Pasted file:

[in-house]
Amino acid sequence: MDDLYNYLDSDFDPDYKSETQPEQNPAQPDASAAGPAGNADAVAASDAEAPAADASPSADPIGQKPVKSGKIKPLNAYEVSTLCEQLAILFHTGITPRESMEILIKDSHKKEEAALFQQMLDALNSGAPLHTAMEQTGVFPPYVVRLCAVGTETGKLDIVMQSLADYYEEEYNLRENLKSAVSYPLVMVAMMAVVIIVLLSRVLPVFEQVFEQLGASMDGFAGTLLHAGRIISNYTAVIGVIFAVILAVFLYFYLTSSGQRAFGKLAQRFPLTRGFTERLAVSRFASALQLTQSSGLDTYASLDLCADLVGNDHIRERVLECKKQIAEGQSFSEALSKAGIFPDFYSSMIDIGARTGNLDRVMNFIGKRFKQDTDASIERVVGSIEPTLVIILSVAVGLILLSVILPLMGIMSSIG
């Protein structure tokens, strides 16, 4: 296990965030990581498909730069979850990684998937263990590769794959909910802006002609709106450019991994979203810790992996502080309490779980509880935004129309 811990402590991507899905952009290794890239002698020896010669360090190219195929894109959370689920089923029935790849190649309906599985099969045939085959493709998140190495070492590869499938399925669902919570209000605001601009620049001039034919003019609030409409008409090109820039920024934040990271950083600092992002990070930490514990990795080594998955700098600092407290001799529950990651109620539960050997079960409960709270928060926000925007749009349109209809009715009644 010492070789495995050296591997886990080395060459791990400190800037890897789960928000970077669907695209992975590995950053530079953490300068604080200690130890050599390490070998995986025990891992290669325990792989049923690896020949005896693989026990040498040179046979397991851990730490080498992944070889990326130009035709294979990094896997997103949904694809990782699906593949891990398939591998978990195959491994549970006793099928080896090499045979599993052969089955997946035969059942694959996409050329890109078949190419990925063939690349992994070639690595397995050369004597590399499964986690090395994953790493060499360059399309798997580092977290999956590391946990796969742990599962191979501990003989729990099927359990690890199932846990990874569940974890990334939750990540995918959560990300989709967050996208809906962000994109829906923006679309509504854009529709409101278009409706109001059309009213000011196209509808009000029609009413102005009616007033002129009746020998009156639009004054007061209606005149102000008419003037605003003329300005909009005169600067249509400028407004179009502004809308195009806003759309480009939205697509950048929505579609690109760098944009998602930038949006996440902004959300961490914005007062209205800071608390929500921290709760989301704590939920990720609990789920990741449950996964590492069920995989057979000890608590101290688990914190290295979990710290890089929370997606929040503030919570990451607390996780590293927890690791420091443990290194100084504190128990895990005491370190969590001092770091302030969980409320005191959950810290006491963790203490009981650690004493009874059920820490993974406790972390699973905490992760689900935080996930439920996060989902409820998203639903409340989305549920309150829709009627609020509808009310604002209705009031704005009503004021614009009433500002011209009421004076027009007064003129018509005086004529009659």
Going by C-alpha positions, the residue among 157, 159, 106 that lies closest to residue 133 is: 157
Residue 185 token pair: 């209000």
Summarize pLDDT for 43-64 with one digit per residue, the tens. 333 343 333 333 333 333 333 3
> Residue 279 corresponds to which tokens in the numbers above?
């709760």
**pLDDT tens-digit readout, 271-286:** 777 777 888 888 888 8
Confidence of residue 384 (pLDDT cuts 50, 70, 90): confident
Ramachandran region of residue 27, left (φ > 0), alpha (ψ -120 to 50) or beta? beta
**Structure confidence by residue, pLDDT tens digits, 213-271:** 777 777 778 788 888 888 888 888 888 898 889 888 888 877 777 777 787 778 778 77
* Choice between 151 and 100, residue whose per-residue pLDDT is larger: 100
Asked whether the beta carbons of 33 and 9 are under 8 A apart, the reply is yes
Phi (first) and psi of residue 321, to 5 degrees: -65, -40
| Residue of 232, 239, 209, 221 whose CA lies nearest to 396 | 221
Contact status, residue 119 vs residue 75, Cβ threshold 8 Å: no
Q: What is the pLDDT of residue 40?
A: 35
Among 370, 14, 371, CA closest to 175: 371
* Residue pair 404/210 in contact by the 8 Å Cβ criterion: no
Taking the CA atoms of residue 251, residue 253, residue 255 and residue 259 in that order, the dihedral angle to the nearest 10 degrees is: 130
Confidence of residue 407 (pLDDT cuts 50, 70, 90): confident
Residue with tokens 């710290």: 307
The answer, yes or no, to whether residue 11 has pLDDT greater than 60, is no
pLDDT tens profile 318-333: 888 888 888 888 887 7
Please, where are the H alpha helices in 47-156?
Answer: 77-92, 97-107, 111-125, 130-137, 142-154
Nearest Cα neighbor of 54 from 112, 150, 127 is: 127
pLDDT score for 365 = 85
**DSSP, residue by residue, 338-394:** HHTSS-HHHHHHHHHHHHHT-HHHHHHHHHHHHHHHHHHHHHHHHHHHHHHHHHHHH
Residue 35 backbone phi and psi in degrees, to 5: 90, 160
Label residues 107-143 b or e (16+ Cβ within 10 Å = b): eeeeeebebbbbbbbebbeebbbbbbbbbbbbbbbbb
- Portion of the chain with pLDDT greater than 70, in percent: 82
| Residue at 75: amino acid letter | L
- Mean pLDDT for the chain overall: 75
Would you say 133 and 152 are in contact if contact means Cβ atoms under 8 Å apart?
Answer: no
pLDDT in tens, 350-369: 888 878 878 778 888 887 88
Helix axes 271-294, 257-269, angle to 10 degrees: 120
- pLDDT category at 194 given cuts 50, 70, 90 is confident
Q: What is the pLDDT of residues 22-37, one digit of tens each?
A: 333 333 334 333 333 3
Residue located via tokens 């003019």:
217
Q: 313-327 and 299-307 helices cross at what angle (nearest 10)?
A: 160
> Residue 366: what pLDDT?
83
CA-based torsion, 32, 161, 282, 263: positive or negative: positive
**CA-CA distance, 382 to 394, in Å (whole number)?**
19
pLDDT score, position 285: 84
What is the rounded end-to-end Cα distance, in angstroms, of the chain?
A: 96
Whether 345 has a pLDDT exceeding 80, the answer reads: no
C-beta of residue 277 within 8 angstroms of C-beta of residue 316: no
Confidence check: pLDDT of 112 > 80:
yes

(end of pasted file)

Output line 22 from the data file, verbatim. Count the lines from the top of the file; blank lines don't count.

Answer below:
Taking the CA atoms of residue 251, residue 253, residue 255 and residue 259 in that order, the dihedral angle to the nearest 10 degrees is: 130